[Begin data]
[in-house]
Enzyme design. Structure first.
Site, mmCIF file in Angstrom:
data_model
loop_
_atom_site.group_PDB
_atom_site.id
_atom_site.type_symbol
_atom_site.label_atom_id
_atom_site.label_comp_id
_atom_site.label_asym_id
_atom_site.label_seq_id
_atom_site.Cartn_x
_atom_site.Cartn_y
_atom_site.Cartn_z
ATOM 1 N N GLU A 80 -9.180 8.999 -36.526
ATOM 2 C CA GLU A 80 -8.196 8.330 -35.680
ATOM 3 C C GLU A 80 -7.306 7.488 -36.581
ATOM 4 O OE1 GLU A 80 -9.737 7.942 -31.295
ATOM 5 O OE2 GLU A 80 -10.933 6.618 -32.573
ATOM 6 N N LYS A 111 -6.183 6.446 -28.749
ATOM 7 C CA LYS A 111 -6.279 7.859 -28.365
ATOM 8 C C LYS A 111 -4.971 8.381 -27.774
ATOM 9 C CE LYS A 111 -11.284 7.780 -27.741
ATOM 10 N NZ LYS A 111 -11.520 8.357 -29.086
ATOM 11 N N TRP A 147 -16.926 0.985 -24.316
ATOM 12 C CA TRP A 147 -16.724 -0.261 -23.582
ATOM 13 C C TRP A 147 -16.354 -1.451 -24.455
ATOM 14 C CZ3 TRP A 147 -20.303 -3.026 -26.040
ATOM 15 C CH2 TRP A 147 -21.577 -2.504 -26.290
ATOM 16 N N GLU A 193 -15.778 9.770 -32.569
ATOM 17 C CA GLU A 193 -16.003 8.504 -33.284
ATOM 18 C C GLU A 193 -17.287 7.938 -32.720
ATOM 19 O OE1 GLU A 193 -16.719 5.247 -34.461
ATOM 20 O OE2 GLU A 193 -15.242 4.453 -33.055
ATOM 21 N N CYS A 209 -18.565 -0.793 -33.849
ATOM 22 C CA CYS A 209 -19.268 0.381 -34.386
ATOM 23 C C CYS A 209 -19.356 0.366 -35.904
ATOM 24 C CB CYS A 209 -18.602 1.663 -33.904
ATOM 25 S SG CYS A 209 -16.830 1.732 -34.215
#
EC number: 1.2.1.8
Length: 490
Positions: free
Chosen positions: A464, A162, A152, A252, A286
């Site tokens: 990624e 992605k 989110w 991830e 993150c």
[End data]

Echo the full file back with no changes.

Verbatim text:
[in-house]
Enzyme design. Structure first.
Site, mmCIF file in Angstrom:
data_model
loop_
_atom_site.group_PDB
_atom_site.id
_atom_site.type_symbol
_atom_site.label_atom_id
_atom_site.label_comp_id
_atom_site.label_asym_id
_atom_site.label_seq_id
_atom_site.Cartn_x
_atom_site.Cartn_y
_atom_site.Cartn_z
ATOM 1 N N GLU A 80 -9.180 8.999 -36.526
ATOM 2 C CA GLU A 80 -8.196 8.330 -35.680
ATOM 3 C C GLU A 80 -7.306 7.488 -36.581
ATOM 4 O OE1 GLU A 80 -9.737 7.942 -31.295
ATOM 5 O OE2 GLU A 80 -10.933 6.618 -32.573
ATOM 6 N N LYS A 111 -6.183 6.446 -28.749
ATOM 7 C CA LYS A 111 -6.279 7.859 -28.365
ATOM 8 C C LYS A 111 -4.971 8.381 -27.774
ATOM 9 C CE LYS A 111 -11.284 7.780 -27.741
ATOM 10 N NZ LYS A 111 -11.520 8.357 -29.086
ATOM 11 N N TRP A 147 -16.926 0.985 -24.316
ATOM 12 C CA TRP A 147 -16.724 -0.261 -23.582
ATOM 13 C C TRP A 147 -16.354 -1.451 -24.455
ATOM 14 C CZ3 TRP A 147 -20.303 -3.026 -26.040
ATOM 15 C CH2 TRP A 147 -21.577 -2.504 -26.290
ATOM 16 N N GLU A 193 -15.778 9.770 -32.569
ATOM 17 C CA GLU A 193 -16.003 8.504 -33.284
ATOM 18 C C GLU A 193 -17.287 7.938 -32.720
ATOM 19 O OE1 GLU A 193 -16.719 5.247 -34.461
ATOM 20 O OE2 GLU A 193 -15.242 4.453 -33.055
ATOM 21 N N CYS A 209 -18.565 -0.793 -33.849
ATOM 22 C CA CYS A 209 -19.268 0.381 -34.386
ATOM 23 C C CYS A 209 -19.356 0.366 -35.904
ATOM 24 C CB CYS A 209 -18.602 1.663 -33.904
ATOM 25 S SG CYS A 209 -16.830 1.732 -34.215
#
EC number: 1.2.1.8
Length: 490
Positions: free
Chosen positions: A464, A162, A152, A252, A286
């Site tokens: 990624e 992605k 989110w 991830e 993150c």